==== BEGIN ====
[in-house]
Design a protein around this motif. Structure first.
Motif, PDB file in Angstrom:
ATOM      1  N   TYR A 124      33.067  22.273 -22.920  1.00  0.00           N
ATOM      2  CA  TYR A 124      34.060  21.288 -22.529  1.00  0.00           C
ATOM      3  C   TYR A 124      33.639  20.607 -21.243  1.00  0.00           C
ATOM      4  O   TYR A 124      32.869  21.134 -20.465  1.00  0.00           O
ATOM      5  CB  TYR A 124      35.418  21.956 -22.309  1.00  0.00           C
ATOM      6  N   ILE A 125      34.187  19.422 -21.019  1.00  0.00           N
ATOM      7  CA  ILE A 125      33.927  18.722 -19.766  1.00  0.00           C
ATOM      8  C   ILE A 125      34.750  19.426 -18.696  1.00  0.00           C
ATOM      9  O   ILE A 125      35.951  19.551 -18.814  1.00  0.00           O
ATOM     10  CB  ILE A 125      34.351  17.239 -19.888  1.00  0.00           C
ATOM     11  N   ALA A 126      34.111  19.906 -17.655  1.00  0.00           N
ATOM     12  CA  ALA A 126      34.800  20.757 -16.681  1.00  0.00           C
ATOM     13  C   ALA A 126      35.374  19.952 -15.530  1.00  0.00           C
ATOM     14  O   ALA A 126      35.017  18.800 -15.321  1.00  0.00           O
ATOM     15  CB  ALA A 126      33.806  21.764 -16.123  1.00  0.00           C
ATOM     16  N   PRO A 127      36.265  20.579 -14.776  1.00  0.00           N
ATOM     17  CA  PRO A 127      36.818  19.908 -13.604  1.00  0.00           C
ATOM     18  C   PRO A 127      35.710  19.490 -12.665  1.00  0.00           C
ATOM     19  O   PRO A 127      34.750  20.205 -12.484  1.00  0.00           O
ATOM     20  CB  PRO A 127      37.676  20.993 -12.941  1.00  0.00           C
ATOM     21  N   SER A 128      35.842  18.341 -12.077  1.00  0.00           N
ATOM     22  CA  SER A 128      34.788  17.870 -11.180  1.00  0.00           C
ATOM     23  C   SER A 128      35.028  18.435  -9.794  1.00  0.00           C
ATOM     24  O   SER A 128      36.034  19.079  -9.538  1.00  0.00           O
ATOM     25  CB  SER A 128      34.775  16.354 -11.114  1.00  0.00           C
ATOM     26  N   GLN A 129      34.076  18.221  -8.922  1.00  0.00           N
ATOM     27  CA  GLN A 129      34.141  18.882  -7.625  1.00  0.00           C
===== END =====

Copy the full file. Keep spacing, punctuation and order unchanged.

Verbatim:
[in-house]
Design a protein around this motif. Structure first.
Motif, PDB file in Angstrom:
ATOM      1  N   TYR A 124      33.067  22.273 -22.920  1.00  0.00           N
ATOM      2  CA  TYR A 124      34.060  21.288 -22.529  1.00  0.00           C
ATOM      3  C   TYR A 124      33.639  20.607 -21.243  1.00  0.00           C
ATOM      4  O   TYR A 124      32.869  21.134 -20.465  1.00  0.00           O
ATOM      5  CB  TYR A 124      35.418  21.956 -22.309  1.00  0.00           C
ATOM      6  N   ILE A 125      34.187  19.422 -21.019  1.00  0.00           N
ATOM      7  CA  ILE A 125      33.927  18.722 -19.766  1.00  0.00           C
ATOM      8  C   ILE A 125      34.750  19.426 -18.696  1.00  0.00           C
ATOM      9  O   ILE A 125      35.951  19.551 -18.814  1.00  0.00           O
ATOM     10  CB  ILE A 125      34.351  17.239 -19.888  1.00  0.00           C
ATOM     11  N   ALA A 126      34.111  19.906 -17.655  1.00  0.00           N
ATOM     12  CA  ALA A 126      34.800  20.757 -16.681  1.00  0.00           C
ATOM     13  C   ALA A 126      35.374  19.952 -15.530  1.00  0.00           C
ATOM     14  O   ALA A 126      35.017  18.800 -15.321  1.00  0.00           O
ATOM     15  CB  ALA A 126      33.806  21.764 -16.123  1.00  0.00           C
ATOM     16  N   PRO A 127      36.265  20.579 -14.776  1.00  0.00           N
ATOM     17  CA  PRO A 127      36.818  19.908 -13.604  1.00  0.00           C
ATOM     18  C   PRO A 127      35.710  19.490 -12.665  1.00  0.00           C
ATOM     19  O   PRO A 127      34.750  20.205 -12.484  1.00  0.00           O
ATOM     20  CB  PRO A 127      37.676  20.993 -12.941  1.00  0.00           C
ATOM     21  N   SER A 128      35.842  18.341 -12.077  1.00  0.00           N
ATOM     22  CA  SER A 128      34.788  17.870 -11.180  1.00  0.00           C
ATOM     23  C   SER A 128      35.028  18.435  -9.794  1.00  0.00           C
ATOM     24  O   SER A 128      36.034  19.079  -9.538  1.00  0.00           O
ATOM     25  CB  SER A 128      34.775  16.354 -11.114  1.00  0.00           C
ATOM     26  N   GLN A 129      34.076  18.221  -8.922  1.00  0.00           N
ATOM     27  CA  GLN A 129      34.141  18.882  -7.625  1.00  0.00           C